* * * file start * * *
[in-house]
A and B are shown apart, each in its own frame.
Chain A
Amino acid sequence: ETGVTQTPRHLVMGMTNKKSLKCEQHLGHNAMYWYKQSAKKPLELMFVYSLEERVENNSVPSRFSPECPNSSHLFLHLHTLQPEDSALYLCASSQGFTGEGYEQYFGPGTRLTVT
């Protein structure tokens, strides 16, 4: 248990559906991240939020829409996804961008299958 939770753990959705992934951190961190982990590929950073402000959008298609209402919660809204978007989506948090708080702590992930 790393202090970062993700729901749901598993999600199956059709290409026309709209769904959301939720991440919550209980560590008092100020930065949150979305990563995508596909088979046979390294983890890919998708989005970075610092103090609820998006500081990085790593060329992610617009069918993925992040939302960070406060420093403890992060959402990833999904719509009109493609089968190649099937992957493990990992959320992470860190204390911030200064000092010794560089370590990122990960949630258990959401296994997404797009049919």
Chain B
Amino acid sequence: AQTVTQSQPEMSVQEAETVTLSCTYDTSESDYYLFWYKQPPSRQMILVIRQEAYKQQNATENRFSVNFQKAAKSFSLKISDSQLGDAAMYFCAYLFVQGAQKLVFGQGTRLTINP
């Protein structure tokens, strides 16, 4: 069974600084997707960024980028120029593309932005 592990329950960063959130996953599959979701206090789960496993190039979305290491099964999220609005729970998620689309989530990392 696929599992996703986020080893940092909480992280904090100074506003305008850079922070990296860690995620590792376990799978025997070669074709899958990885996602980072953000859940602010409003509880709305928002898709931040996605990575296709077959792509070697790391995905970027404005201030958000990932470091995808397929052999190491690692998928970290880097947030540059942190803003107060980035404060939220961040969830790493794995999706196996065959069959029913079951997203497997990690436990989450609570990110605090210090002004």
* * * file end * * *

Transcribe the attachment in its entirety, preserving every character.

[in-house]
A and B are shown apart, each in its own frame.
Chain A
Amino acid sequence: ETGVTQTPRHLVMGMTNKKSLKCEQHLGHNAMYWYKQSAKKPLELMFVYSLEERVENNSVPSRFSPECPNSSHLFLHLHTLQPEDSALYLCASSQGFTGEGYEQYFGPGTRLTVT
């Protein structure tokens, strides 16, 4: 248990559906991240939020829409996804961008299958 939770753990959705992934951190961190982990590929950073402000959008298609209402919660809204978007989506948090708080702590992930 790393202090970062993700729901749901598993999600199956059709290409026309709209769904959301939720991440919550209980560590008092100020930065949150979305990563995508596909088979046979390294983890890919998708989005970075610092103090609820998006500081990085790593060329992610617009069918993925992040939302960070406060420093403890992060959402990833999904719509009109493609089968190649099937992957493990990992959320992470860190204390911030200064000092010794560089370590990122990960949630258990959401296994997404797009049919």
Chain B
Amino acid sequence: AQTVTQSQPEMSVQEAETVTLSCTYDTSESDYYLFWYKQPPSRQMILVIRQEAYKQQNATENRFSVNFQKAAKSFSLKISDSQLGDAAMYFCAYLFVQGAQKLVFGQGTRLTINP
């Protein structure tokens, strides 16, 4: 069974600084997707960024980028120029593309932005 592990329950960063959130996953599959979701206090789960496993190039979305290491099964999220609005729970998620689309989530990392 696929599992996703986020080893940092909480992280904090100074506003305008850079922070990296860690995620590792376990799978025997070669074709899958990885996602980072953000859940602010409003509880709305928002898709931040996605990575296709077959792509070697790391995905970027404005201030958000990932470091995808397929052999190491690692998928970290880097947030540059942190803003107060980035404060939220961040969830790493794995999706196996065959069959029913079951997203497997990690436990989450609570990110605090210090002004």